Delaware man who waved ‘Confederate Battle flag’ during Capitol riot charged
Kevin Seefried and his son Hunter face federal charges stemming from the storming of what President-elect Biden calls the “cradle of liberty.”
Updated 4:30 p.m.
A Delaware man pictured marching through the U.S. Capitol last week during a deadly insurrection by pro-Trump rioters has been arrested along with his son for their roles in the attack, authorities revealed Thursday.
Kevin Seefried, 51, and his son Hunter, who live in Laurel, a small town in southwest Sussex County, face charges of:
- Knowingly entering or remaining in any restricted building or grounds without lawful authority.
- Violent entry and disorderly conduct on Capitol grounds.
If convicted on those two counts, they face a maximum of 11 years in prison, prosecutors said.
Hunter Seefried, 23, is also charged with destroying property at the Capitol, which can bring another 10 years behind bars.
That additional charge stems from allegedly helping others in the mob break a window that he and his father climbed through to enter the Capitol, FBI Special Agent Katherine Pattillo wrote in an affidavit outlining the charges. Hunter complied with requests by other invaders to help clear glass from the window sill because he was wearing gloves, the agent wrote.
Once inside the halls of Congress, Kevin Seefried waved what Pattillo called a “Confederate Battle flag” and both Seefrieds were part of a large group that “verbally confronted” several U.S. Capitol Police officers for more than 15 minutes. Video footage also showed Hunter taking a “selfie photograph,” the agent wrote.
The Seefrieds were inside the building for 23 minutes, the FBI said.
Since the Jan. 6 riot and destruction inside what President-elect Joe Biden later called “the cradle of liberty,’’ the FBI has circulated bulletins seeking the identity of the man seen waving the Confederate flag. The riot interrupted the certification by members of Congress of the results of the 2020 presidential election that saw Biden defeat incumbent Donald Trump.
The FBI was tipped off to the Seefrieds from a co-worker of Hunter, who told authorities he had “bragged about being in the Capitol with his father.”
Both men spoke “voluntarily” to the FBI on Tuesday. During that interview, Kevin Seefried told agents he brought the Confederate flag from his home, where it is usually flying outside, the affidavit said.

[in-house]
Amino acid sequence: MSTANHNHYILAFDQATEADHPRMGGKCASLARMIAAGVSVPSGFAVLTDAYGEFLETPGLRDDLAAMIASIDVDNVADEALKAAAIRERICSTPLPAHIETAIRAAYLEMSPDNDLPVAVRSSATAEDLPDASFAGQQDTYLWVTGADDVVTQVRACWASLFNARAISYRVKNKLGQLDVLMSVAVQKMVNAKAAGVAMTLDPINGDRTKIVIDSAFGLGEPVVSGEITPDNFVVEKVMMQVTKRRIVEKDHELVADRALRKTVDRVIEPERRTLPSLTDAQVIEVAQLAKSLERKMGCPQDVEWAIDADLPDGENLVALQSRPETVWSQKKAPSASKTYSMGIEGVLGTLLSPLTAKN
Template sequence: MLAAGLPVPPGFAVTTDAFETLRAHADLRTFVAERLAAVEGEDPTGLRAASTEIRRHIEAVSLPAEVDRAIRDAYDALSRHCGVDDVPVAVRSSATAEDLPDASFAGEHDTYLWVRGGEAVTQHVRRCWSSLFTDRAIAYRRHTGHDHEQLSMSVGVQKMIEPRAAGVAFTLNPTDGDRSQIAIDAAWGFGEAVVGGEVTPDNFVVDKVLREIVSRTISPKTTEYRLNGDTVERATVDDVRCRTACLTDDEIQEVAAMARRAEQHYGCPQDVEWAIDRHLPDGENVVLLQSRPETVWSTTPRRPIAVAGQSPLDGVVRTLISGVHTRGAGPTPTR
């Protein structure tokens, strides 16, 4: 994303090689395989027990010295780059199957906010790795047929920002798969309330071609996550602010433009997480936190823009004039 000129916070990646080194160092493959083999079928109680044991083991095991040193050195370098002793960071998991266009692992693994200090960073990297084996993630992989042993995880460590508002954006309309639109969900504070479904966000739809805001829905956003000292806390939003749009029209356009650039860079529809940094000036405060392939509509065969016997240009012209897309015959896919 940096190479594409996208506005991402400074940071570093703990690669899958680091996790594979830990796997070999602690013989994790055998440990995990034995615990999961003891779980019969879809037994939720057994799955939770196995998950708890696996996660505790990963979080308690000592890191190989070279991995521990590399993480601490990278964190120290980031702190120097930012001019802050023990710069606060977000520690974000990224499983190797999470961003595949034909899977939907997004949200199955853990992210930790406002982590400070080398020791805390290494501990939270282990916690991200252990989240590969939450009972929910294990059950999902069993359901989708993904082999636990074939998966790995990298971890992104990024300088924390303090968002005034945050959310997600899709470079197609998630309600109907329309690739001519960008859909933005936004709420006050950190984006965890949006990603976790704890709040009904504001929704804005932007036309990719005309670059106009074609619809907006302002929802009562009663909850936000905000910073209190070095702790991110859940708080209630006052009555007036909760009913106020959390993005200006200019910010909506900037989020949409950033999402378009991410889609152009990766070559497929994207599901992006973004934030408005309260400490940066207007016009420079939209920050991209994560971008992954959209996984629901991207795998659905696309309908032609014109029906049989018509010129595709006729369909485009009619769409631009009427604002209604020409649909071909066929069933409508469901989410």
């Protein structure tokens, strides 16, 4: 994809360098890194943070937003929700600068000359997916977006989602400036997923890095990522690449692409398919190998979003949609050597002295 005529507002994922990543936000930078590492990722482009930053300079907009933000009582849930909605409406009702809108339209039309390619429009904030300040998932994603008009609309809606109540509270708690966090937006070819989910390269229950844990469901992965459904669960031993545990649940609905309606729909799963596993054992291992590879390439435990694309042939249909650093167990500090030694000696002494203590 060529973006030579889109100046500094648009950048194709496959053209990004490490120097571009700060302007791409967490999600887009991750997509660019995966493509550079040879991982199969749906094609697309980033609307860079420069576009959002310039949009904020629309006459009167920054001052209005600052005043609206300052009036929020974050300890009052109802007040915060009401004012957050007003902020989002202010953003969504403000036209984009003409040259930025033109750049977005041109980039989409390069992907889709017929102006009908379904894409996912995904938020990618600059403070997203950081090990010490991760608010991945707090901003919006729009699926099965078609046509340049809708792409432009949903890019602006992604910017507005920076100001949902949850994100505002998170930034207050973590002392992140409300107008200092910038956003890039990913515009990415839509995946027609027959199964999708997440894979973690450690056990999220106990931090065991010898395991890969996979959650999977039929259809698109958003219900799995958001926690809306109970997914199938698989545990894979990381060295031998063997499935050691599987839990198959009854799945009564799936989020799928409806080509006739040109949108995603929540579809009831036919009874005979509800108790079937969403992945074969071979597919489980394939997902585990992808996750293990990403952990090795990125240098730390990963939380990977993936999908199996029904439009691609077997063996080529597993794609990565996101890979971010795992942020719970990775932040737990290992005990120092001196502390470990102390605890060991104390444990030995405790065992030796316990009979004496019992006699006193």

Kevin Seefried said during the interview that he traveled to Washington with his family to listen to Trump speak. Then he and his son marched more than a mile to the Capitol, “led by an individual with a bull horn,” Pattillo wrote.
Kevin Seefried was convicted of misdemeanor terroristic threatening and offensive touching in the 1990s, according to Mat Marshal of the Delaware Attorney General’s Office.
During Thursday’s hearings, the two men who were so demonstrative at the Capitol said little, responding to Magistrate Judge Christopher Burke with yes or no answers when he asked questions about the proceedings and their rights and obligations.
Burke released the Seefrieds to home detention. They will be prosecuted by the U.S Attorney’s Office for the District of Columbia and the Counterterrorism Section of the Department of Justice’s National Security Division.
One condition of their release is that they cannot visit the nation’s capital except for court-related matters. Burke also granted the two men the right to court-appointed legal counsel because they cannot afford an attorney.
Federal authorities are urging the public to report suspected use of explosive devices, or violent, destructive acts associated with the Capitol unrest. Anyone with information can call 1-888-ATF-TIPS (1-888-283-8477), email ATFTips@atf.gov or submit information anonymously via ReportIt.com.
The FBI is looking for individuals who may have incited or promoted violence of any kind on January 6. Anyone with digital material or tips can call 1-800-CALL-FBI (800-225-5324) or submit images or videos at fbi.gov/USCapitol.
Get daily updates from WHYY News!
WHYY is your source for fact-based, in-depth journalism and information. As a nonprofit organization, we rely on financial support from readers like you. Please give today.